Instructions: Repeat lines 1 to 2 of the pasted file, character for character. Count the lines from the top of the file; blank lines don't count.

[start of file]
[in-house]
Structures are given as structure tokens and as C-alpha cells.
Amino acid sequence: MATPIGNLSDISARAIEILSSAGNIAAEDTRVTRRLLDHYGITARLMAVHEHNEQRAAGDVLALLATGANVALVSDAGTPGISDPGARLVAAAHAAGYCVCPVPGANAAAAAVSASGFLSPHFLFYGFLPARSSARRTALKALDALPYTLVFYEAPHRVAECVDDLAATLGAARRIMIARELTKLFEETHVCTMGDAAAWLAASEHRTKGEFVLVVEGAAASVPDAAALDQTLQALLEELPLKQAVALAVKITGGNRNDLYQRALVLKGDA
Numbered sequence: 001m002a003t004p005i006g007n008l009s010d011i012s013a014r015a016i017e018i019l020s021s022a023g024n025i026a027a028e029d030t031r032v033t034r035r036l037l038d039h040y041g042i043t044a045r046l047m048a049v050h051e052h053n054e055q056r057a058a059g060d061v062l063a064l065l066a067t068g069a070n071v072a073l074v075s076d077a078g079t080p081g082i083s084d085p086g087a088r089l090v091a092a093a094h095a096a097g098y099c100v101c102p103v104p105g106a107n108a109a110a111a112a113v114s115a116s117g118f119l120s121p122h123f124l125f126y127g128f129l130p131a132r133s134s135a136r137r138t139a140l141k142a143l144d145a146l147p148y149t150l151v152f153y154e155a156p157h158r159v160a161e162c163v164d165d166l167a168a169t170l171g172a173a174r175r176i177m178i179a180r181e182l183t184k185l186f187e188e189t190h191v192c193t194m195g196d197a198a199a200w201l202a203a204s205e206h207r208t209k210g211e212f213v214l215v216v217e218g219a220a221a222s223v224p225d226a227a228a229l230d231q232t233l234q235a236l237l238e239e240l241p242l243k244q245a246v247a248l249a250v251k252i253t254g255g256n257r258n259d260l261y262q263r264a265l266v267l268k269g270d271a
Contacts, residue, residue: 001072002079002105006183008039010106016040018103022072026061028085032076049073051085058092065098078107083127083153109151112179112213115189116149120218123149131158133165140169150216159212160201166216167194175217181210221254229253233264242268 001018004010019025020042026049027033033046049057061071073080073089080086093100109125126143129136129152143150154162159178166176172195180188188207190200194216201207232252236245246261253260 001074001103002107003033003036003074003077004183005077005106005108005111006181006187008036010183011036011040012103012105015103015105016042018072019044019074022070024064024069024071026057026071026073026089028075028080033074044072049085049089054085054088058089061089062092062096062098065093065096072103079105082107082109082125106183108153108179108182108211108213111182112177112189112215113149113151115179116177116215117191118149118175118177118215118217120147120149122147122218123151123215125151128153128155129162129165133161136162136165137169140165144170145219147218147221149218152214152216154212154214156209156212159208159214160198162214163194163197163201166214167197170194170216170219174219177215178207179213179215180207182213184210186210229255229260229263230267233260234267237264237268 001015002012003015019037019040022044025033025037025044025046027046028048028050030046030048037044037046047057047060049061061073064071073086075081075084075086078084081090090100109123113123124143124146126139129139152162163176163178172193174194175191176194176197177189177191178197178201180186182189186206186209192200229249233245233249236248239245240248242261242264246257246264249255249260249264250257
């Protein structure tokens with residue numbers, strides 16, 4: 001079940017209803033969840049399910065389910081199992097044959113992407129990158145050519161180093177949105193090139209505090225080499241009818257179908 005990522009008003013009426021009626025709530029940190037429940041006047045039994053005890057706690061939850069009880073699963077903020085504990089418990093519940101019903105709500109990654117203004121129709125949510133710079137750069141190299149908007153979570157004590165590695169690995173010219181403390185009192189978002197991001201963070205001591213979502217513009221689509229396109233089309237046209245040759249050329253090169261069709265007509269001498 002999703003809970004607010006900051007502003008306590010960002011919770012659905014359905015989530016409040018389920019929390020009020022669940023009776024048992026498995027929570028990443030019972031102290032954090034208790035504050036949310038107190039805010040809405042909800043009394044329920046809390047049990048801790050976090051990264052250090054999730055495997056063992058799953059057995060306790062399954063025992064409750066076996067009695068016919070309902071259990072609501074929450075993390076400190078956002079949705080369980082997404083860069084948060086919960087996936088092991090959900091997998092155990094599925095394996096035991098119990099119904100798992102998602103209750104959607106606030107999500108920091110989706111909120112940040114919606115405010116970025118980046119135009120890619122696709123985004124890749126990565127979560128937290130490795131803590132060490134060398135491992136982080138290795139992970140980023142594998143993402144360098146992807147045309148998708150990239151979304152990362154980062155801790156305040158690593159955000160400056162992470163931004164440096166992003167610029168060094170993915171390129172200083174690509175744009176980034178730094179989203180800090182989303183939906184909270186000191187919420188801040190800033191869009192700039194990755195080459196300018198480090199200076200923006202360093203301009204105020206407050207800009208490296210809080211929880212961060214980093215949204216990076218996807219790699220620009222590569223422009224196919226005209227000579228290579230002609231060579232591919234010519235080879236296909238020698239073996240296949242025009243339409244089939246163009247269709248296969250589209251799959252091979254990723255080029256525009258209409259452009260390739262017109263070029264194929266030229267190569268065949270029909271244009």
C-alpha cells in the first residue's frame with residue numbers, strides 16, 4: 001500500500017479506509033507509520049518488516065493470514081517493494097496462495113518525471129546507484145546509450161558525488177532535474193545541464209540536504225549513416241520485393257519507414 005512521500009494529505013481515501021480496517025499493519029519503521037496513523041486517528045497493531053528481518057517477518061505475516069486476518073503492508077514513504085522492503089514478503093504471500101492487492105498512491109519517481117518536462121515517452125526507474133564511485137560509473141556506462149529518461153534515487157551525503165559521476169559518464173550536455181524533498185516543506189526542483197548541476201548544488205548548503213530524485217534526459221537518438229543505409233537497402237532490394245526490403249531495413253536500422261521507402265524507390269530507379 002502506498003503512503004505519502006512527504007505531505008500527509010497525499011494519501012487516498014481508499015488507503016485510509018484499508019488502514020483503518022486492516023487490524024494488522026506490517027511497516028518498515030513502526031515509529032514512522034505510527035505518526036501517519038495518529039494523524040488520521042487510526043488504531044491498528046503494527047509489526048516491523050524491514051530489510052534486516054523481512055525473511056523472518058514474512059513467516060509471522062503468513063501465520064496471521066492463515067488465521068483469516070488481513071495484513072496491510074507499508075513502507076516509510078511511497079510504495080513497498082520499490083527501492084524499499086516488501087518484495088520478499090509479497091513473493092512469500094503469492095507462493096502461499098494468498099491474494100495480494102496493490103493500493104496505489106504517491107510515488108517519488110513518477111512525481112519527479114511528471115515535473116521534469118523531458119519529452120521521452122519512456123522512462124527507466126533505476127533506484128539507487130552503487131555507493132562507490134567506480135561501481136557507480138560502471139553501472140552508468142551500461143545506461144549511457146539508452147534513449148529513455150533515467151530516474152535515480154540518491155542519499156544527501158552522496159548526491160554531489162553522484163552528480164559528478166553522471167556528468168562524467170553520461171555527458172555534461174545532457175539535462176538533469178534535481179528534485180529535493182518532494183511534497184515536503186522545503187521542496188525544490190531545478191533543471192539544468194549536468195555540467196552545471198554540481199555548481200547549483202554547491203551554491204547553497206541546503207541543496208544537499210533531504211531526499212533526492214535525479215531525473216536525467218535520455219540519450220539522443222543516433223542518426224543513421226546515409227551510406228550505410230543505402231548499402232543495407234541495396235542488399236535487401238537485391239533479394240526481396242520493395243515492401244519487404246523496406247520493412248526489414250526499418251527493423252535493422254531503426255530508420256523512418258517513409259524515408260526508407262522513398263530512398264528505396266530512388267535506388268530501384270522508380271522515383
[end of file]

[in-house]
Structures are given as structure tokens and as C-alpha cells.